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Merriam Press World War II Album WA10
First Edition (2014)
Pictorial album of four French tanks that saw service prior to and during World War II.
The Char B1 was a French heavy tank manufactured before World War II. The Char B1 was a specialized heavy breakthrough vehicle, originally conceived as a self-propelled gun with a 75mm howitzer in the hull; later a 47mm gun in a turret was added, to allow it to function also as a Char de Bataille, a "battle tank" fighting enemy armor, equipping the armored divisions of the Infantry Arm. Starting in the early 1920s, its development and production were repeatedly delayed, resulting in a vehicle that was both technologically complex and expensive, and already obsolescent when real mass-production of a derived version, the Char B1bis, started in the late 1930s. Although a second uparmoured version, the Char B1ter, was developed, only two prototypes were built. Among the most powerfully armed and armored tanks of its day, the type was very effective in direct confrontations with German armor in 1940 during the Battle of France, but slow speed and high fuel consumption made it ill-adapted to the war of movement then being fought. After the defeat of France captured Char B1 (bis) would be used by Germany, with some rebuilt as flamethrowers or mechanized artillery.
The Char D1 was a pre-World War II French tank. The French plan of 1926, calling for the creation of a Light Infantry Support Tank, led to the development of the existing Renault NC1 prototype into the Char D1. The type did not serve as an infantry support tank as originally intended, but as France's major battle tank of the early 1930s; it was quickly phased out in 1937 because of its mechanical unreliability and relegated to colonial units in North Africa.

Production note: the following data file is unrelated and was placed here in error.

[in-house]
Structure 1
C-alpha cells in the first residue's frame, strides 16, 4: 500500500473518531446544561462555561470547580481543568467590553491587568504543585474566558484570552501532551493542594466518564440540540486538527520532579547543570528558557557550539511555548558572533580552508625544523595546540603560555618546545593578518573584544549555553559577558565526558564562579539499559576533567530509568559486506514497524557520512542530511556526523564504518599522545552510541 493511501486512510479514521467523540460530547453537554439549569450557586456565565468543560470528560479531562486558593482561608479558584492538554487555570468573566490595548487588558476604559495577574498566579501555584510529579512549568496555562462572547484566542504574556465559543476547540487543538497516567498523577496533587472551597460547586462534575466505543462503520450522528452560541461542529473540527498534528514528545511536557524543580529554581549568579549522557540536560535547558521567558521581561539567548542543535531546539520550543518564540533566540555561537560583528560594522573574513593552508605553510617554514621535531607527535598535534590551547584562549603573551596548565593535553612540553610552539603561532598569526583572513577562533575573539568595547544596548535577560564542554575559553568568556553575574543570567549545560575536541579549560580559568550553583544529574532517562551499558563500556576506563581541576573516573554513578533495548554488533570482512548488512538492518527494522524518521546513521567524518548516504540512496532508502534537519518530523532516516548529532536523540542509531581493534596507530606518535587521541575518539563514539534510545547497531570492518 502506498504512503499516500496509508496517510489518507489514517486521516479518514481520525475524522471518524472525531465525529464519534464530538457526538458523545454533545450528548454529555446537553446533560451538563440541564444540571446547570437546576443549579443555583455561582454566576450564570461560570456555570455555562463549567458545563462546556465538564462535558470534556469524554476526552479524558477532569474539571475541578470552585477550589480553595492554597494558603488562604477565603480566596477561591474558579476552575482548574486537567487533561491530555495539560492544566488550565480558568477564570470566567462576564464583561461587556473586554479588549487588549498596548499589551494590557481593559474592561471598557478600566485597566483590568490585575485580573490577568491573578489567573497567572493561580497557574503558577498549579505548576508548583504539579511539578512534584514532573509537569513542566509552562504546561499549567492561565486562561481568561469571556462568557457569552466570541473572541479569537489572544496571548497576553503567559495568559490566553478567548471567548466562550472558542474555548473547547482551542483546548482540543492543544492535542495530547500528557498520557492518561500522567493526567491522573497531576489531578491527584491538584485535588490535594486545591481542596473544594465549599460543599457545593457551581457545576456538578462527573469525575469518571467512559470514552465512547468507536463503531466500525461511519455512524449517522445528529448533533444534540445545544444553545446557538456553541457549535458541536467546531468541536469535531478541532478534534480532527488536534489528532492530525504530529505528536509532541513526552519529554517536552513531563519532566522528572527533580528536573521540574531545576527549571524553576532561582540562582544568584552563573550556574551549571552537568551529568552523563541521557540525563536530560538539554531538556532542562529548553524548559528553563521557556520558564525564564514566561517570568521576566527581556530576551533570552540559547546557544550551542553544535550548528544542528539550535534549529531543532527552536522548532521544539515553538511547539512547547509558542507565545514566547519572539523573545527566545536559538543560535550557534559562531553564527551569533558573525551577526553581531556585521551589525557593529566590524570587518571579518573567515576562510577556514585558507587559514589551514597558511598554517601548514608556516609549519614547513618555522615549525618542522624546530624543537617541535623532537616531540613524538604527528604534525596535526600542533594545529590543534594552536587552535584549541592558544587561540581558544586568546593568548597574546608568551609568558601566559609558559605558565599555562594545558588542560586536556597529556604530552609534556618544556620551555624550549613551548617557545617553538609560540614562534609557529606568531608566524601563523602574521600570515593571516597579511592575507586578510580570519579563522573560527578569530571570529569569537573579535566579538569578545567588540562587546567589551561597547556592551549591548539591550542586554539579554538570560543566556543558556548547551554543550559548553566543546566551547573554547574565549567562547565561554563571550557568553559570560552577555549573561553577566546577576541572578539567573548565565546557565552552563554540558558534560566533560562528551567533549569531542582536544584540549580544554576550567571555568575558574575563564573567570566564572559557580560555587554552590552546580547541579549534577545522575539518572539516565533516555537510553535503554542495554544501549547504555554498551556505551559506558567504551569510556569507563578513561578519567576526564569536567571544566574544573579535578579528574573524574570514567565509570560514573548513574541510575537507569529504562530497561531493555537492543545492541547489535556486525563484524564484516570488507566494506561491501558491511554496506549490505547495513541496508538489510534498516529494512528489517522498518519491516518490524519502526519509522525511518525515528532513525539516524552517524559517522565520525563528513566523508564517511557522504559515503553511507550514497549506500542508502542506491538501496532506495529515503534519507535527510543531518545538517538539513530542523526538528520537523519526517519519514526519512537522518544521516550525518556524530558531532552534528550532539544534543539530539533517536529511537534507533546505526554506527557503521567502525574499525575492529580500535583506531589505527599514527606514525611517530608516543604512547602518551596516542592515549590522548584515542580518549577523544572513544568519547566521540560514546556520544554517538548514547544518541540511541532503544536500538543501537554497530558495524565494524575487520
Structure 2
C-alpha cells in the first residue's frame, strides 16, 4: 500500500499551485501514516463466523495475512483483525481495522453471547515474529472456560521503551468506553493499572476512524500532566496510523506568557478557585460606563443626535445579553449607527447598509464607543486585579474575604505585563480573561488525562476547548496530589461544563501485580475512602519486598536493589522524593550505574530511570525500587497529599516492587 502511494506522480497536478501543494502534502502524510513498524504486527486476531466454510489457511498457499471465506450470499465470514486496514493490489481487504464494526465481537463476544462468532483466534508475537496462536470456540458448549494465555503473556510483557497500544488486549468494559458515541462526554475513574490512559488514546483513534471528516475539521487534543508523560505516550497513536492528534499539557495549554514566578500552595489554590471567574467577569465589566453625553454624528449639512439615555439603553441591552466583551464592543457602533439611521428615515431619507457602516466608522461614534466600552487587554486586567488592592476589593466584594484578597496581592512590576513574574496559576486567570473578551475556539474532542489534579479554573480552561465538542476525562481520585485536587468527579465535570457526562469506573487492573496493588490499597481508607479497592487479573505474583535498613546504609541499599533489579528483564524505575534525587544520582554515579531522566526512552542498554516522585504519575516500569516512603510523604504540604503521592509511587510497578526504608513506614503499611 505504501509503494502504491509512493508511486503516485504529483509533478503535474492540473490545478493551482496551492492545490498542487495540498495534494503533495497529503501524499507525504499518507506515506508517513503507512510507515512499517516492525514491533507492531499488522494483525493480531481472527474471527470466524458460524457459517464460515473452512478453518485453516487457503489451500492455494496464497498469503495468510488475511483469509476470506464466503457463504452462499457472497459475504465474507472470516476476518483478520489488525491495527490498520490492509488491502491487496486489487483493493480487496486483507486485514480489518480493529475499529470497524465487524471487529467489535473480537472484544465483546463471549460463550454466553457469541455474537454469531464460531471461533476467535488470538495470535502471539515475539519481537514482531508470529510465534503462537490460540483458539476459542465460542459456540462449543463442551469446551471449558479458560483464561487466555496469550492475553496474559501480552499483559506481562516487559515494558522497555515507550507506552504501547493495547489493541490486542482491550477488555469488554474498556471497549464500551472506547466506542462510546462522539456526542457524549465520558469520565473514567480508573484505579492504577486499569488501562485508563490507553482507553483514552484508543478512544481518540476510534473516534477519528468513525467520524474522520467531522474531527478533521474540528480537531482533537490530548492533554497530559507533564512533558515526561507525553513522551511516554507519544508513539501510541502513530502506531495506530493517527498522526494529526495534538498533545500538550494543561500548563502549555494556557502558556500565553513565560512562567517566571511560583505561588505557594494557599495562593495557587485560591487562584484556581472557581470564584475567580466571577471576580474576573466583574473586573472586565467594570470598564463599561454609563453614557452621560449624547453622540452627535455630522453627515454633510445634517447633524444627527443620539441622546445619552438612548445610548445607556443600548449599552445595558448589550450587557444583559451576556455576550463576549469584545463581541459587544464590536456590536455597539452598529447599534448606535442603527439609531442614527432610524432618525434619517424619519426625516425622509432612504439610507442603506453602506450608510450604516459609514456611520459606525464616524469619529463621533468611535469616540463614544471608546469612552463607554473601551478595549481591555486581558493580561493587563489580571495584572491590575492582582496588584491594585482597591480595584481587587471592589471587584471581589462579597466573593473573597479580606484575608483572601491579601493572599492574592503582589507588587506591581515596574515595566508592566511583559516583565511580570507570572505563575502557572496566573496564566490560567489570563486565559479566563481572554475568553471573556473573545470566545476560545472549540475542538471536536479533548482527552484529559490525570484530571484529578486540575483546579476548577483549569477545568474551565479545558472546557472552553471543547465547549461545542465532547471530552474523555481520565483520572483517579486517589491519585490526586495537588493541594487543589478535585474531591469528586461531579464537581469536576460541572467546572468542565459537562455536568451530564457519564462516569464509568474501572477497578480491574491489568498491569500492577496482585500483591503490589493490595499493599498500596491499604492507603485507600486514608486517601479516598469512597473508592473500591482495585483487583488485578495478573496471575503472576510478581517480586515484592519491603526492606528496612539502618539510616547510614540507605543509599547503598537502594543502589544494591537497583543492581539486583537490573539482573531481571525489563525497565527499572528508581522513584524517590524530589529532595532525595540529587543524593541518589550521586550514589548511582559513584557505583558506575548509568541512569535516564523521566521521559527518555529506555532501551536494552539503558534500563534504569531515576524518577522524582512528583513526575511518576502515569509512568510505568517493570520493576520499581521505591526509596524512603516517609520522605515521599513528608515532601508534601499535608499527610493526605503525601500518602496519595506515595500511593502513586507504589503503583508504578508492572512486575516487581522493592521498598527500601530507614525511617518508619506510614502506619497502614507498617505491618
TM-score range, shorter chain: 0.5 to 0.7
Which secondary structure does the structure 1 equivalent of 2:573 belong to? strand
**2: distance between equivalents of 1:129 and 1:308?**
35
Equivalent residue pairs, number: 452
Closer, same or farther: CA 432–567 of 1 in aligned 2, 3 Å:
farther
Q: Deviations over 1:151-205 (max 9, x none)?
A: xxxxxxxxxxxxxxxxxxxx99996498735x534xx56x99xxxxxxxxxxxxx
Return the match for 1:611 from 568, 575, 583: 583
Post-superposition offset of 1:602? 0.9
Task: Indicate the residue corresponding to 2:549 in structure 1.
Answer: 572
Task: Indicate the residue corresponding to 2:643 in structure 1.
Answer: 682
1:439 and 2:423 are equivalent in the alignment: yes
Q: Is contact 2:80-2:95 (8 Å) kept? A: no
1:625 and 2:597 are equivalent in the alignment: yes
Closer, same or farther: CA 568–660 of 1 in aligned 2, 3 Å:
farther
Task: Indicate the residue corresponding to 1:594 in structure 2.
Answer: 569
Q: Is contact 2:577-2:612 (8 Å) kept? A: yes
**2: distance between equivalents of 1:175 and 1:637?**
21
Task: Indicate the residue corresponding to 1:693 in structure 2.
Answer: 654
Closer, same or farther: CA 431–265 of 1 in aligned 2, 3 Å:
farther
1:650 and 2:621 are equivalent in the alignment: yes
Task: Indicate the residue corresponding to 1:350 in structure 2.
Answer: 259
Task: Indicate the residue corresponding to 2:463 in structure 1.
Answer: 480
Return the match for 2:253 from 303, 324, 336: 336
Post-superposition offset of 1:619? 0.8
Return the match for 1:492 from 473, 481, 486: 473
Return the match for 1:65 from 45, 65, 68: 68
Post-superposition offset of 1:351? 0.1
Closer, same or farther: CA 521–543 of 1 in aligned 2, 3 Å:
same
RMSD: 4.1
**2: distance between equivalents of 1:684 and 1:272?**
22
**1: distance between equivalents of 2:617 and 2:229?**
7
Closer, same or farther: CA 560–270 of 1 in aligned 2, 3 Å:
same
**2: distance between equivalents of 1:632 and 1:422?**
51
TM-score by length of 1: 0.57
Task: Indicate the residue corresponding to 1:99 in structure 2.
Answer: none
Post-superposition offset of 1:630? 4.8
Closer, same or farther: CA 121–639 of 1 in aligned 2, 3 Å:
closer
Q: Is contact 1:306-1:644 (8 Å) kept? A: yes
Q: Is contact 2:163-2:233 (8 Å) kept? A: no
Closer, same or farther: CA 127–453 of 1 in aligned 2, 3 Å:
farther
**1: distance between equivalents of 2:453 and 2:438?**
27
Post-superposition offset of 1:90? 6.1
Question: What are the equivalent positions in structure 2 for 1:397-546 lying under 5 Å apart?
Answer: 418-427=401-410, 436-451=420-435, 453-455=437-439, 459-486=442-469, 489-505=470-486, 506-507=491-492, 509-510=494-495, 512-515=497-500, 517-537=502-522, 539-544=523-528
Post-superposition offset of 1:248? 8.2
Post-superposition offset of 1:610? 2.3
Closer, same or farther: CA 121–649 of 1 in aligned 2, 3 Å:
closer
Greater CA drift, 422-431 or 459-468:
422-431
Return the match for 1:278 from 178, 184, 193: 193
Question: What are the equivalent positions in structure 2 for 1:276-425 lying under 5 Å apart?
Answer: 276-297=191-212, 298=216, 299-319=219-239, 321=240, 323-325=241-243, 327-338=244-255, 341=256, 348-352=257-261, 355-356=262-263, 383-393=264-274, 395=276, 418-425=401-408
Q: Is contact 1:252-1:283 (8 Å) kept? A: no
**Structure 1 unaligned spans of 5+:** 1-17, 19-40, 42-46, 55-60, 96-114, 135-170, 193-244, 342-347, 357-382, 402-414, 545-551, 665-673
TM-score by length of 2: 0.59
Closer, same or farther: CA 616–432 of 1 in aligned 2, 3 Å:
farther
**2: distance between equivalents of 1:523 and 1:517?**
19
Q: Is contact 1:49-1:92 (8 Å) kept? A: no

The Char D2 was a French tank of the interwar period. In 1930, at a time the Char D1 had not even entered production, the Renault company agreed to build a better armored version called the Char D2. By using welded armor plate instead of the dated riveted design of the D1 this would be lighter than a simple version of the D1 made with thicker plating. In 1937 the type equipped one tank battalion, which was considered an elite unit, as part of Charles de Gaulle's regiment. It was well trained in the use of advanced tactics, including the use of radio sets. In 1940 the effectiveness of this unit had much diminished, because of the worn-out state of its tanks, aggravated by the decision to raise three autonomous tank companies with the new vehicles, even though insufficient trained crews were available. Nevertheless the Char D2 units fought tenaciously during the Battle of France, losing most of their tanks to mechanical breakdown instead of enemy action.
The Char 2C, also known as FCM 2C, is a French super-heavy tank developed, although never deployed, during World War I. It was, in physical dimensions, the largest operational tank ever made. It is still easily the largest tank ever taken into production. With the tail fitted, the hull was over twelve meters long. Within its ample frame there was room for two fighting compartments. During the French mobilization of 1939, all ten were activated and put into their own unit, the 51st Bataillon de Chars de Combat. For propaganda, each tank had been named after one of the ancient regions of France. As their main value was in propaganda, the giants were kept carefully out of harm's way. They were used instead for numerous morale-boosting movies, in which they were often shown climbing and crushing old French forts. To the public, they obtained the reputation of invincible super tanks.
377 B&W photos
7 color photos
1 color cutaway
2 four-view drawings
1 sectional drawing
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